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Coconut custard?

WCchopper Jun 7, 2008 07:48 PM

I'm looking into making a dairy free custard and was wondering about the possibility of using coconut milk and cream as a sub for milk. Any first- hand experience, pointers, cautions, etc?

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  1. alkapal RE: WCchopper Jun 7, 2008 10:24 PM

    i think it sounds great. very rich!
    recipes looks easy enough: http://www.recipezaar.com/288

    i think a water bath might be wise....

    the recipe/presentation on this blog looks quite appealing! http://cookalmostanything.blogspot.co...
    (scroll down a wee bit...)

    4 Replies
    1. re: alkapal
      WCchopper RE: alkapal Jun 9, 2008 10:45 AM

      Nice, thanks a lot!

      1. re: WCchopper
        alkapal RE: WCchopper Jun 9, 2008 07:23 PM

        yeah, wc, didn't that sweet little custard with syrup look like Da Bomb?!?

        1. re: alkapal
          WCchopper RE: alkapal Jun 9, 2008 11:20 PM

          Next question, where do I get the palm sugar??? I want to make that!

          1. re: WCchopper
            alkapal RE: WCchopper Jun 10, 2008 01:11 AM

            it is used in sri lanka, south indian, se asian cooking. indian or thai/viet grocery? i've gotten it in a phillipine grocery, too.

            while no substitute exactly, for sweetness light brown sugar can be used in a pinch. flavor-wise, it is obviously unique, and would be optimal in the recipe, but the coconut is already very rich and sweet on its own. would palm sugar be the element that makes it a "wow" vs. a "very good" in this dish, i don't know. but i'd make it anyway, even if i had to sub light brown or turbinado sugar.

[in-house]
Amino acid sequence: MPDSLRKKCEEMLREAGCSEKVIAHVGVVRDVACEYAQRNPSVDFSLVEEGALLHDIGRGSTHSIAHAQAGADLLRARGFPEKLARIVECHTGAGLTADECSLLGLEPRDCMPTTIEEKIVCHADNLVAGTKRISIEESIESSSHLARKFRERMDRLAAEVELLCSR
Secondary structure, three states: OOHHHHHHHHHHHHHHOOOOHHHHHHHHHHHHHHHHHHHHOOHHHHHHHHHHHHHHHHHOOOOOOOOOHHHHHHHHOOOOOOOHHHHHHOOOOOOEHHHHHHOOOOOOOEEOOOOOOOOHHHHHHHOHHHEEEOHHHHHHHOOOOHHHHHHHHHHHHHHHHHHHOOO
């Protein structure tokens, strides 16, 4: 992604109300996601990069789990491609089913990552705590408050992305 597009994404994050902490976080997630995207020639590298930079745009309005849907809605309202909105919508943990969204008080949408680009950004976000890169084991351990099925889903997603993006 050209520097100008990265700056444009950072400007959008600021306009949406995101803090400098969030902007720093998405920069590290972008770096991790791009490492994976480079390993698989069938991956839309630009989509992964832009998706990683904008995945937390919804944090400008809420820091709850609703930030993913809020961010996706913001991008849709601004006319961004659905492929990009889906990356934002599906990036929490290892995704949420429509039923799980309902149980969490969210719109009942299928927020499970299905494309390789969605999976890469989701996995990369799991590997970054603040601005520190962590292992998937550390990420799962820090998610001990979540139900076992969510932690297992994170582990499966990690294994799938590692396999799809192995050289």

2. mollyomormon RE: WCchopper Jun 9, 2008 11:17 AM

      I had a Puerto Rican friend growing up who shared this dessert recipe for coconut custard called Tembleque that we absolutely loved for my mom to prepare. not sure if this was the exact recipe but something close to this:

      1. Morganna RE: WCchopper Jun 9, 2008 12:12 PM

        If you want it to be dairy free, you can't use cream at all. Cream is a dairy product.

        I often substitute coconut milk, a combination of both whole coconut milk and low fat (or lite) coconut milk. Then I use whisked whole eggs to provide the firming up. I add splenda (you could use sugar), and unsweetened coconut and bake it in a hot water bath until it's firm.

        2 Replies
        1. re: Morganna
          WCchopper RE: Morganna Jun 9, 2008 01:17 PM

          I actually meant coconut milk and coconut cream

          1. re: WCchopper
            Morganna RE: WCchopper Jun 10, 2008 05:45 AM

            Okie, I should have assumed that, I suppose. :) Sorry, I'm a programmer, I can be very literal-minded. :)

        2. chef chicklet RE: WCchopper Jun 10, 2008 05:54 AM

          Sure you can. Another way is to add tapioca, love this stuff!


          1. r
            rockycat RE: WCchopper Jun 10, 2008 11:59 AM

            I've made non-dairy "pastry cream" very successfully using canned coconut milk. I can't see why it wouldn't work for custard.

            2 Replies
            1. re: rockycat
              Morganna RE: rockycat Jun 11, 2008 05:20 AM

              I like replacing milk in hot cocoa with coconut milk (the light stuff, the full fat is too thick, makes it more like a mousse, which is good, too, but harder to drink).

              1. re: rockycat
                rikjog RE: rockycat Jan 22, 2009 05:33 PM

                can I get the recipe for the "pastry cream"?


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